Appreciation and human revolution are key to the spirit of May Contribution.
I never envisioned that I would be where I am now, running three successful companies, with a happy family and great kids. It all began when I stopped allowing my past to determine my future.
I received the Gohonzon in 2005, when my wife’s father introduced me to the practice. But I didn’t start chanting Nam-myoho-renge-kyo in earnest until after my divorce in 2008.
After seven years with the same company, I was laid off. And due to two felonies from my teenage years (when I had been foolish and arrogant), I found myself unable to find work. The IRS began hounding me every day for a tax lien payment. I felt like my whole world, which had seemed so easy and routine, was falling apart.
I blamed my environment, the market crash, everybody else. I was living in a constant state of fear and anger. But my ex-father-in-law kept offering me encouragement and inviting me to SGI meetings. I would say, “Yeah, sure,” because they always seemed to be about a month away. One day, he called me while I was driving and asked me where I was. When I told him, he said: “You’re driving right by the SGI center. They’re starting an intro meeting now. Why don’t you go?” I’ve never believed in coincidences, so I went.
Surrounded by friendly faces, the members were surprised to find out that I had already received the Gohonzon. I decided then to give Buddhism a try. Although I chanted inconsistently, when I began attending more young men’s activities and supporting meetings, I always felt happier afterward. I even took on a leadership position.
I was doing Gajokai shifts (a young men’s training group activity in the SGI) with the worn-down truck I used for a small landscaping business I had started in 2006. I sometimes had to choose between food and a bill, even borrowing gas money to get to the SGI center. And the felonies on my record really tormented me, because I dreamed of doing some other kind of work.
By 2010, I felt like I had no time to commit to the SGI anymore and went to a senior in faith to resign as a youth leader. Instead of accepting my resignation, he encouraged me to go to a conference at the SGI-USA Florida Nature and Culture Center and refresh my faith. I had no money but chanted to go anyway. Only a few days later, someone who owed me money unexpectedly paid up. It was enough to go to the FNCC.
The conference was great; I was able to refresh my practice. But I still couldn’t break through in my work. Struggling, I sought career advice from a senior in faith, who told me, “Follow your dreams.” For maybe the first time, I allowed myself to dream, in spite of my past, and chanted sincerely and consistently to realize a new direction.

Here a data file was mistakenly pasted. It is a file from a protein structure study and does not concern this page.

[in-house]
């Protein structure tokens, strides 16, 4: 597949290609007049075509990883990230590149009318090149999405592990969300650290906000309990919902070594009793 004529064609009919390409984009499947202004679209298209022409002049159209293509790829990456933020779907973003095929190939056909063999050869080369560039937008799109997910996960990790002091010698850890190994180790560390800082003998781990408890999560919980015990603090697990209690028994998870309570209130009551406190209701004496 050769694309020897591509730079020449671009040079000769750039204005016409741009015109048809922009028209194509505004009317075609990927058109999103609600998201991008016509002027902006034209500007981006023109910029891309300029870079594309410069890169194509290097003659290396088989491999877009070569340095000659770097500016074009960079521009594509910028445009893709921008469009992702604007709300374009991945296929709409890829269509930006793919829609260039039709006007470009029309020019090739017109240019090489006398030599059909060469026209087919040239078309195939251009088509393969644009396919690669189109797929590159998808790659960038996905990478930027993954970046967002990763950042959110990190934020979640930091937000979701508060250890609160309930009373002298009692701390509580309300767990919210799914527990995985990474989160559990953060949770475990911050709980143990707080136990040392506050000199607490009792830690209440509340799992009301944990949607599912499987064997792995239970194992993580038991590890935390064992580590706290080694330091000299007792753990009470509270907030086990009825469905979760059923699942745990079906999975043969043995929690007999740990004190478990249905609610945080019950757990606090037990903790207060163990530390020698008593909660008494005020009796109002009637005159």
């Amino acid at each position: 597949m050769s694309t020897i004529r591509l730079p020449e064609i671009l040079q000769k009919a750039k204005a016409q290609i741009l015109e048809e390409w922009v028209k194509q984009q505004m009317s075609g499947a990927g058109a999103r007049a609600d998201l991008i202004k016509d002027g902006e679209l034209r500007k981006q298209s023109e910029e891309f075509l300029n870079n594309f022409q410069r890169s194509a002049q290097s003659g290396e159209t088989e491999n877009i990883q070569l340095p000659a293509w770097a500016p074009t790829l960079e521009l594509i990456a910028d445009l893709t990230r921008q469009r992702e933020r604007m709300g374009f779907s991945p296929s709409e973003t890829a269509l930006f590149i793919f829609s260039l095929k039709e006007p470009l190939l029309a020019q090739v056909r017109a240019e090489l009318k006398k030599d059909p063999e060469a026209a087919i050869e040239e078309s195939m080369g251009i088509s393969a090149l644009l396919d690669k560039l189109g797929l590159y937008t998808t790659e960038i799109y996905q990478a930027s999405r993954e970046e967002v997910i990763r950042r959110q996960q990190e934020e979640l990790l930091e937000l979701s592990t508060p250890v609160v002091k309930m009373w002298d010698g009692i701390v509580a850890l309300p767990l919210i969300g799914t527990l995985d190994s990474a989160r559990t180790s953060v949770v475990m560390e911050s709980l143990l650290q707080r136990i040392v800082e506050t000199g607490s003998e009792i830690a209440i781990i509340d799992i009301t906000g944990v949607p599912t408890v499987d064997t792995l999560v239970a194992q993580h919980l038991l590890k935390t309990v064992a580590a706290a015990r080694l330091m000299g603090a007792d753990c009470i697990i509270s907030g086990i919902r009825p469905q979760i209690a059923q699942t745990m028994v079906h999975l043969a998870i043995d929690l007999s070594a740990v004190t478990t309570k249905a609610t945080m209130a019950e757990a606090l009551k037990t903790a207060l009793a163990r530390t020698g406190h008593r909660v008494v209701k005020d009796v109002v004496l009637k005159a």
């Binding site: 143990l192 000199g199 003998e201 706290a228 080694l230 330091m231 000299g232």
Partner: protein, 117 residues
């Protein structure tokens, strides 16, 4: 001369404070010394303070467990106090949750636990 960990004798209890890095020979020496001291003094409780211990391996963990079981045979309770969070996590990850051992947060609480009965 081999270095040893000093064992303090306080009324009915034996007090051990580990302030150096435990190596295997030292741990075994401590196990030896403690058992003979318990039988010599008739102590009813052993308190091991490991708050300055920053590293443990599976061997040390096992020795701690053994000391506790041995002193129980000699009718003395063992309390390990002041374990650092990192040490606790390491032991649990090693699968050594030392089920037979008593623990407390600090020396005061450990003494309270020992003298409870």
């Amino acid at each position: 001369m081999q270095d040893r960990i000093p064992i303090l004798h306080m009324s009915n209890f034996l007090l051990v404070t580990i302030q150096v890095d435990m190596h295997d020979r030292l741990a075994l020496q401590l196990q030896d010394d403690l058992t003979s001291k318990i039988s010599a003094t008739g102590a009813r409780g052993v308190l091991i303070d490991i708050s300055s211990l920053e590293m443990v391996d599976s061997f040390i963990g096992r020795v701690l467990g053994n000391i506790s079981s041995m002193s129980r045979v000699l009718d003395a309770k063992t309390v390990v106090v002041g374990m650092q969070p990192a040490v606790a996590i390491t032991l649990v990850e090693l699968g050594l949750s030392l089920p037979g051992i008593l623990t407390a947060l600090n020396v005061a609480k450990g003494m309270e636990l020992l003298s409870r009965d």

I realized the more time I made for kosen-rufu, the more the rest of my life fell into place.
Then, through a friend, a property management company offered me a management opportunity. This company handled 500 properties in the greater Dallas area and also needed landscaping! I was able to hire someone to manage my own landscaping company, so I could devote myself to managing the new business, which was more personally satisfying.
My fortune began turning around. I was able to clear up my debt with the IRS and move forward without fear hanging over my head. I realized the more time I made for kosen-rufu, the more the rest of my life fell into place.
Even early on in my practice, I would think to myself, If this center hadn’t been open this morning, I wouldn’t have been able to get encouragement from this leader, or to hear SGI President Ikeda’s message. I have always liked contributing financially to the SGI. I’ve done it since I began practicing in earnest in 2008 to show gratitude and appreciation for the organization and the members. I knew that even small contributions like mine added up.
Today, I continue to challenge myself to “strengthen my resolve more than ever” (“The Supremacy of the Law,” The Writings of Nichiren Daishonin, vol. 1, p. 615). Just as my seniors in faith have done for me, I now have the fortune to serve the members as the Dallas Region men’s leader.
Because of what I’ve learned from property management, I started a third company a couple of years ago—a real estate investing firm, which was a huge benefit. Now I can attend any SGI meeting because of my flexible schedule.
I’m back together with my ex-wife, Jennifer. While we were apart, she had a daughter. We are all chanting together these days. I look at my daughter, Caitlin, 17, and my 5-year-old stepdaughter, Brooklyn, as the future, and I’m investing in the future.
Because of my financial contributions to the SGI-USA, my daughters will always have an SGI center open and available to them. Caitlin will be attending her first SGI-USA conference this June at Soka University of America for the junior high and high school division. Next year, when 50,000 determined youth gather to uphold the dignity of life, Caitlin will graduate high school. I’m determined that she will win, no matter what.
From my perspective, it all comes back full circle. Everyone I share Buddhism with is an investment in the future and in my children’s future. It’s all connected—my family, the SGI and Sensei’s earnest wish for each member to become absolutely happy. My determination is that every SGI center be open, all the time, for anybody who is struggling. The SGI will remain open forever—as long as I contribute.